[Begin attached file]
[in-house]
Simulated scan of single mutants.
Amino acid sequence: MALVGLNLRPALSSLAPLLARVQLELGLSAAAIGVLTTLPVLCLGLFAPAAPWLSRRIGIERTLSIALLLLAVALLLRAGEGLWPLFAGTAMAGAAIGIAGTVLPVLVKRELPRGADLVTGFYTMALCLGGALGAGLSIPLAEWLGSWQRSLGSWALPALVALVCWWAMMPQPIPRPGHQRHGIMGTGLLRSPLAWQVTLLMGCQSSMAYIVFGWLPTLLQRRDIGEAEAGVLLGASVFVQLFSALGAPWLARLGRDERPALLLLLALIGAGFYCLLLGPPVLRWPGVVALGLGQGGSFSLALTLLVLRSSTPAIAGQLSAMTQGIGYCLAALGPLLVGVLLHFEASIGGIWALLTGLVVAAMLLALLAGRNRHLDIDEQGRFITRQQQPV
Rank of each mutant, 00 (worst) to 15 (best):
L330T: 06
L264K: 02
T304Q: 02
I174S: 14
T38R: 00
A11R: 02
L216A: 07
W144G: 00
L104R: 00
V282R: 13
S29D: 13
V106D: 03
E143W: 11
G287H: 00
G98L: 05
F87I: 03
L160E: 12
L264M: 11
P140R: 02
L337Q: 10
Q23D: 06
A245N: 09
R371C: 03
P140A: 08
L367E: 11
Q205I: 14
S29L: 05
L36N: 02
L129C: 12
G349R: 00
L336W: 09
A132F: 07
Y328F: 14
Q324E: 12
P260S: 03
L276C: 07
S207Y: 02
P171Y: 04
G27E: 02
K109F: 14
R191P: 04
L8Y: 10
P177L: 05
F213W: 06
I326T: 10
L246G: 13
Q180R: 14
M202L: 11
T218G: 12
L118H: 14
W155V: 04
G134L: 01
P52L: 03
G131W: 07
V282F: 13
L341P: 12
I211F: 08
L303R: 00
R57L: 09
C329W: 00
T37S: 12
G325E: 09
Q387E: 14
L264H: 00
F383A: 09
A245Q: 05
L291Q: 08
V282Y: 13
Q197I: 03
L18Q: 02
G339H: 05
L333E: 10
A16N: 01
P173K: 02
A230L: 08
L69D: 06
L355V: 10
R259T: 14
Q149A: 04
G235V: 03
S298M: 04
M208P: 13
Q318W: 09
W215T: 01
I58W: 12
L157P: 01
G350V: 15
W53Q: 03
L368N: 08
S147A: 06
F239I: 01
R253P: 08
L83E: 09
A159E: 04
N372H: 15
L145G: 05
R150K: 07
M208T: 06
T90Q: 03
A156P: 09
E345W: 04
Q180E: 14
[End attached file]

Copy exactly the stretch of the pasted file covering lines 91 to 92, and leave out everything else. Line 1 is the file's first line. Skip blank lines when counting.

G350V: 15
W53Q: 03